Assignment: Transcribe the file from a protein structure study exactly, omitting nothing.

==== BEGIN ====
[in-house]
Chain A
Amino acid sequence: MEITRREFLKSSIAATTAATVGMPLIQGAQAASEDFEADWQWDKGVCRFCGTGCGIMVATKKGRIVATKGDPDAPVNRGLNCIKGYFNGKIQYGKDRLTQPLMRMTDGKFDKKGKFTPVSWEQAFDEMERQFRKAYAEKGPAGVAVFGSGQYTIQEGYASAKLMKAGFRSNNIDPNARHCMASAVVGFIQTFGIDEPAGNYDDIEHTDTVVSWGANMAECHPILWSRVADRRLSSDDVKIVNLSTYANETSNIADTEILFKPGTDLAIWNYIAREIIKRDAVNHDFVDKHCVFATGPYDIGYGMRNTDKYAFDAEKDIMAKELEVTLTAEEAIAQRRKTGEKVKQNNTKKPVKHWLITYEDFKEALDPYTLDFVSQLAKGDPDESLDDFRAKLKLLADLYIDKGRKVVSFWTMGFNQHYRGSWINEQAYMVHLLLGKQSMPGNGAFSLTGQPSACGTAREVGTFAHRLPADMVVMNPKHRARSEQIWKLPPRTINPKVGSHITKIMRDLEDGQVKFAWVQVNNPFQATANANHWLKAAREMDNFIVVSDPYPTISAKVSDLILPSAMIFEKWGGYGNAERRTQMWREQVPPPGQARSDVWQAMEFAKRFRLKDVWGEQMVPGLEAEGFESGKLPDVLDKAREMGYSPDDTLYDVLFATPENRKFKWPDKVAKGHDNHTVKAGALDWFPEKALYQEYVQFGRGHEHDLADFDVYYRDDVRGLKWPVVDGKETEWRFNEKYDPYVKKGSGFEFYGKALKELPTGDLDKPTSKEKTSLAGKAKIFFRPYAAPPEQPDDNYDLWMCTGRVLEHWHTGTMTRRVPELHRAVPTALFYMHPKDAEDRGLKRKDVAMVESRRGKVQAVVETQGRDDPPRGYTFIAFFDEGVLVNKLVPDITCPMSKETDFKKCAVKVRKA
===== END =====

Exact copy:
[in-house]
Chain A
Amino acid sequence: MEITRREFLKSSIAATTAATVGMPLIQGAQAASEDFEADWQWDKGVCRFCGTGCGIMVATKKGRIVATKGDPDAPVNRGLNCIKGYFNGKIQYGKDRLTQPLMRMTDGKFDKKGKFTPVSWEQAFDEMERQFRKAYAEKGPAGVAVFGSGQYTIQEGYASAKLMKAGFRSNNIDPNARHCMASAVVGFIQTFGIDEPAGNYDDIEHTDTVVSWGANMAECHPILWSRVADRRLSSDDVKIVNLSTYANETSNIADTEILFKPGTDLAIWNYIAREIIKRDAVNHDFVDKHCVFATGPYDIGYGMRNTDKYAFDAEKDIMAKELEVTLTAEEAIAQRRKTGEKVKQNNTKKPVKHWLITYEDFKEALDPYTLDFVSQLAKGDPDESLDDFRAKLKLLADLYIDKGRKVVSFWTMGFNQHYRGSWINEQAYMVHLLLGKQSMPGNGAFSLTGQPSACGTAREVGTFAHRLPADMVVMNPKHRARSEQIWKLPPRTINPKVGSHITKIMRDLEDGQVKFAWVQVNNPFQATANANHWLKAAREMDNFIVVSDPYPTISAKVSDLILPSAMIFEKWGGYGNAERRTQMWREQVPPPGQARSDVWQAMEFAKRFRLKDVWGEQMVPGLEAEGFESGKLPDVLDKAREMGYSPDDTLYDVLFATPENRKFKWPDKVAKGHDNHTVKAGALDWFPEKALYQEYVQFGRGHEHDLADFDVYYRDDVRGLKWPVVDGKETEWRFNEKYDPYVKKGSGFEFYGKALKELPTGDLDKPTSKEKTSLAGKAKIFFRPYAAPPEQPDDNYDLWMCTGRVLEHWHTGTMTRRVPELHRAVPTALFYMHPKDAEDRGLKRKDVAMVESRRGKVQAVVETQGRDDPPRGYTFIAFFDEGVLVNKLVPDITCPMSKETDFKKCAVKVRKA